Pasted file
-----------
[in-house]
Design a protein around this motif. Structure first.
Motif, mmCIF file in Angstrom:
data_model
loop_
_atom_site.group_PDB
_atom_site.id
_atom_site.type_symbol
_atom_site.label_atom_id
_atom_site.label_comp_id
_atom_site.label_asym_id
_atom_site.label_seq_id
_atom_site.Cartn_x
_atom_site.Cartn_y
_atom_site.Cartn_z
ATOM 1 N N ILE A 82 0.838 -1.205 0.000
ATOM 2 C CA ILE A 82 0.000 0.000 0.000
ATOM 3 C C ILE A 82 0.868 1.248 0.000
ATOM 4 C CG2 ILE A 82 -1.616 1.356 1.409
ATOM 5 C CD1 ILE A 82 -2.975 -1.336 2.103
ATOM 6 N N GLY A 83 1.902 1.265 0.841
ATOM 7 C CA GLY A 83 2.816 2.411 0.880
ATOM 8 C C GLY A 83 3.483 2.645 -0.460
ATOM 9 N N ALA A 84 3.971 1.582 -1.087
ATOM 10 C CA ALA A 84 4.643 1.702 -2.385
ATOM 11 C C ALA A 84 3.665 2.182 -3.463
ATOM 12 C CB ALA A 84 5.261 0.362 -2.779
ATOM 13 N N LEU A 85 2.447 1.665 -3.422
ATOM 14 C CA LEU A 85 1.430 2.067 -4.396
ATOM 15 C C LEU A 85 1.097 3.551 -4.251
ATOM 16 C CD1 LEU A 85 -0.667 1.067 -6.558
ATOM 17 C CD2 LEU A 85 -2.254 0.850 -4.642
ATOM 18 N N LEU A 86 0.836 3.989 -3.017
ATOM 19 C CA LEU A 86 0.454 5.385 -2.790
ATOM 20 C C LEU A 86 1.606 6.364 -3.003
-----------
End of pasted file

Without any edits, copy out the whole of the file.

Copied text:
[in-house]
Design a protein around this motif. Structure first.
Motif, mmCIF file in Angstrom:
data_model
loop_
_atom_site.group_PDB
_atom_site.id
_atom_site.type_symbol
_atom_site.label_atom_id
_atom_site.label_comp_id
_atom_site.label_asym_id
_atom_site.label_seq_id
_atom_site.Cartn_x
_atom_site.Cartn_y
_atom_site.Cartn_z
ATOM 1 N N ILE A 82 0.838 -1.205 0.000
ATOM 2 C CA ILE A 82 0.000 0.000 0.000
ATOM 3 C C ILE A 82 0.868 1.248 0.000
ATOM 4 C CG2 ILE A 82 -1.616 1.356 1.409
ATOM 5 C CD1 ILE A 82 -2.975 -1.336 2.103
ATOM 6 N N GLY A 83 1.902 1.265 0.841
ATOM 7 C CA GLY A 83 2.816 2.411 0.880
ATOM 8 C C GLY A 83 3.483 2.645 -0.460
ATOM 9 N N ALA A 84 3.971 1.582 -1.087
ATOM 10 C CA ALA A 84 4.643 1.702 -2.385
ATOM 11 C C ALA A 84 3.665 2.182 -3.463
ATOM 12 C CB ALA A 84 5.261 0.362 -2.779
ATOM 13 N N LEU A 85 2.447 1.665 -3.422
ATOM 14 C CA LEU A 85 1.430 2.067 -4.396
ATOM 15 C C LEU A 85 1.097 3.551 -4.251
ATOM 16 C CD1 LEU A 85 -0.667 1.067 -6.558
ATOM 17 C CD2 LEU A 85 -2.254 0.850 -4.642
ATOM 18 N N LEU A 86 0.836 3.989 -3.017
ATOM 19 C CA LEU A 86 0.454 5.385 -2.790
ATOM 20 C C LEU A 86 1.606 6.364 -3.003